- Type of soil required
- Amount of water required
- Particular sensitivities (dry spell, water, wind, etc).
As soon as you understand more about your trees, follow these 5 suggestions to keep your trees resistant and healthy.
Secure the roots.
Concentrate on the zone around a tree up to where the branches extend. Roots can extend beyond this zone but this is the location where roots are more sensitive. The key is to make sure that the soil is not too compact so that roots can keep soaking up water and oxygen.
Secure the bark.
Consider the bark as an armour that secures the tree. Securing the tree bark will avoid infections, illness or insect activity. Keep an eye out for prospective risks that could damage tree bark, consisting of:.
- Vehicles: trees near roadways or driveways can suffer hits from high vehicles. Eliminate lower branches to avoid breakage and make sure trees are visible in the evening.
- Lawn sprinklers: a spray of water that repetitively hits bark at the exact same location can trigger damage. If you use sprinklers to water your lawn, make certain these don’t directly strike trees.
- Branches: branches rubbing against each other can trigger damage to the bark. Prune branches correctly so branches don’t get entwined.
- Lawn equipment: put on; t get yard devices near the tree trunks as this can trigger serious damage to the bark.
Trees generally thrive well in existing wetness conditions and do not require any extra watering. However, depending on your regional environment, you might have to water your trees during extended durations of dry spell. If you do need to water trees in the summer, an occasional deep watering is preferred to a frequent misting. In winter season trees should not require any watering.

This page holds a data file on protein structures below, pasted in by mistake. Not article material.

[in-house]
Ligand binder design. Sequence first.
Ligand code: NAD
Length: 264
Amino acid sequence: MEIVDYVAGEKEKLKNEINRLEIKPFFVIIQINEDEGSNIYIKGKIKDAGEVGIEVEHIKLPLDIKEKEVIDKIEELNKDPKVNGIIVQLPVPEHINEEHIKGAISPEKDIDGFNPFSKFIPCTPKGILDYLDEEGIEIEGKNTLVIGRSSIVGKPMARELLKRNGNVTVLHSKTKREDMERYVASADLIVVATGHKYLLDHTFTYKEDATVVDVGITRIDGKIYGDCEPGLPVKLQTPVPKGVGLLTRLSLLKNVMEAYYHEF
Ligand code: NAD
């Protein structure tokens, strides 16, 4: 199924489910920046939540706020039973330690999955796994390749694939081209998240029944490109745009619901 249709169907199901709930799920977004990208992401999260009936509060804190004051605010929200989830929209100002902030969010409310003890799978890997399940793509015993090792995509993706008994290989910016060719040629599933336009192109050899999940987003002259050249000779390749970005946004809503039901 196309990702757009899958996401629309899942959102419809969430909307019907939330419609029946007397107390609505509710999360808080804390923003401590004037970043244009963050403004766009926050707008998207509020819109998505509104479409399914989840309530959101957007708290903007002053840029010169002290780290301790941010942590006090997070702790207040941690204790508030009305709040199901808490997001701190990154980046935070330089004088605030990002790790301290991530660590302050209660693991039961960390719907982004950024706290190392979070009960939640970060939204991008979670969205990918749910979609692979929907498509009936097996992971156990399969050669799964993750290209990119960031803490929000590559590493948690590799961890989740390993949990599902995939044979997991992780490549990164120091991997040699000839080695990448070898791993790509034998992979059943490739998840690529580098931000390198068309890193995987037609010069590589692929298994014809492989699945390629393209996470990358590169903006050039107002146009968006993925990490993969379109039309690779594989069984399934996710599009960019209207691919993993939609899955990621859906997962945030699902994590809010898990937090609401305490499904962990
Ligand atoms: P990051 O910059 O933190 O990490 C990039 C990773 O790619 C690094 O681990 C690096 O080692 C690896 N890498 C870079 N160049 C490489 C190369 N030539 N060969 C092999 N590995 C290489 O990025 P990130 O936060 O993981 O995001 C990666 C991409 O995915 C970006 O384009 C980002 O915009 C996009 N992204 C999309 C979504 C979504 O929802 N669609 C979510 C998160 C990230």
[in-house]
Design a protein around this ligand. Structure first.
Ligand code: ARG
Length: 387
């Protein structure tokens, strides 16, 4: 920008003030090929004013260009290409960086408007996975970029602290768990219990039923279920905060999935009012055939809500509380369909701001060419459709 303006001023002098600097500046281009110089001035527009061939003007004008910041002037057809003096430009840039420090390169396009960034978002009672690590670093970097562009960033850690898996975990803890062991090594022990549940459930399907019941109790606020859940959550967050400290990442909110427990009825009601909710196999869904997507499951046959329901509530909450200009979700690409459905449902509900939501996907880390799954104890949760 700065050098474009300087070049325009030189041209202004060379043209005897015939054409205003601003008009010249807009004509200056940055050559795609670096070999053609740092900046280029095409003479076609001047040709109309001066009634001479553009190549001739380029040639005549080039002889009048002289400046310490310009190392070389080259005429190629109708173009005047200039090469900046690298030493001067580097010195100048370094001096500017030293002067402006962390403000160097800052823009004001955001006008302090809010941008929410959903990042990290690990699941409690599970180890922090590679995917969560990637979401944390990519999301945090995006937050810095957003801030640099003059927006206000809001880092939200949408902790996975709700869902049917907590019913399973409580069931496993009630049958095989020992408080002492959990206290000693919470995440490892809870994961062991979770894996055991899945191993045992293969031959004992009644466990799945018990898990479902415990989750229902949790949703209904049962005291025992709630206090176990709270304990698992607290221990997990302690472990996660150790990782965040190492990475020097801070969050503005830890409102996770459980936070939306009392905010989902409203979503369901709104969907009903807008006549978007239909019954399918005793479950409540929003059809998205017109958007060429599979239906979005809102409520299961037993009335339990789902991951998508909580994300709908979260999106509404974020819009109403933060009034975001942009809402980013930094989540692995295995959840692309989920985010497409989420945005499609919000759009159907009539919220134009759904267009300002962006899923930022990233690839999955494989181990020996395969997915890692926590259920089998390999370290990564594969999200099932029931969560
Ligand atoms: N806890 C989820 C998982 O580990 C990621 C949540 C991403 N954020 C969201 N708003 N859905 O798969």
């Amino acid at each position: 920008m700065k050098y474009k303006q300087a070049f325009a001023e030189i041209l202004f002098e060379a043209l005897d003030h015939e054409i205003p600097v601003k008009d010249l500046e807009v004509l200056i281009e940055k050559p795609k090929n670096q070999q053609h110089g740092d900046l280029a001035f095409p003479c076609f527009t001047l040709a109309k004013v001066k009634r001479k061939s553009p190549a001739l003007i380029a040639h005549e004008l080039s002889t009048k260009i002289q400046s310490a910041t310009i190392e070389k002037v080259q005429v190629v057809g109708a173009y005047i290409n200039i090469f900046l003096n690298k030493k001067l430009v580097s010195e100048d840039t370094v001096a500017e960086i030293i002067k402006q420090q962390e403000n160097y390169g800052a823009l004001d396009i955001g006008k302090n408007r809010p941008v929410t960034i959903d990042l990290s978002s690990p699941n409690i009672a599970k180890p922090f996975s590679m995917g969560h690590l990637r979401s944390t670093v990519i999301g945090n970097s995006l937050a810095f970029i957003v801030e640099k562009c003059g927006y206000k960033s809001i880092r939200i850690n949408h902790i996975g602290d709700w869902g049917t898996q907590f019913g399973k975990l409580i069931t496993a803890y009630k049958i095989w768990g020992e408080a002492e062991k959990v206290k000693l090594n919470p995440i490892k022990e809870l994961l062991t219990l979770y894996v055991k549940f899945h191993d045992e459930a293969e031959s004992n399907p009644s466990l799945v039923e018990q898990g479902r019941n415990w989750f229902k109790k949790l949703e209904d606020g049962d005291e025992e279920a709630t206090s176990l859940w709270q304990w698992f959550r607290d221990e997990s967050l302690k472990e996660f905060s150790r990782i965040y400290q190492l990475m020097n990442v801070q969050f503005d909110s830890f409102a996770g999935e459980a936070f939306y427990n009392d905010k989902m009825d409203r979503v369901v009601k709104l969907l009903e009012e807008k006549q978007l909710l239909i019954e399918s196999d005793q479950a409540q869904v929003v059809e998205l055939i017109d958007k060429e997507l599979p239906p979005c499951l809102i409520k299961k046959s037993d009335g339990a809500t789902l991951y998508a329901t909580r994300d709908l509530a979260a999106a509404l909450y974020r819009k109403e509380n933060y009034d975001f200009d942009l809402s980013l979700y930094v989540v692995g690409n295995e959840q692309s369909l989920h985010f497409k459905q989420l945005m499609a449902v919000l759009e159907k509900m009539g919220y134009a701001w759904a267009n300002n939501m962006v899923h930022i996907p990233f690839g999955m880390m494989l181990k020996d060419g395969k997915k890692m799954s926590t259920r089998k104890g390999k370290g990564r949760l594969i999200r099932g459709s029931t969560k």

We’ve formerly discussed pruning trees as it’s a vital part of tree upkeep. It’s something you can do yourself if you understand exactly what you are doing, otherwise you can constantly hire a professional. The main things to keep an eye out for are:.
- Crossing branches: get rid of the smaller branch so the more powerful one can grow without being harmed.
- Broken and dead branches: a clean cut will help the tree recover.
Low branches: eliminate branches that are low and are susceptible to damage (i.e. by an impact). You can also eliminate low branches for visual functions.
Keep soil healthy.
There are two methods you can ensure that the soil around your tree is abundant in nutrients.
- Usage mulch. Spread out a layer of mulch around your tree, about 2 to 4 inches thick. The mulch does not need to touch the trunk.
- Plant grass or some type of ground cover. Dead plant material will decay in the ground and enhance the soil. Make sure your plants can flourish in the shade and that their roots do not compete with the tree.
Nearby Areas That We Cover:
Saggart (Irish: Teach Sagard) is a village in South Dublin, Ireland, south west of Dublin city. It lies between the N7 (Naas Road), Rathcoole, Citywest and Tallaght. It is one of the fastest growing settlements in Ireland, showing a population increase of 46.1% between 2011 and 2016.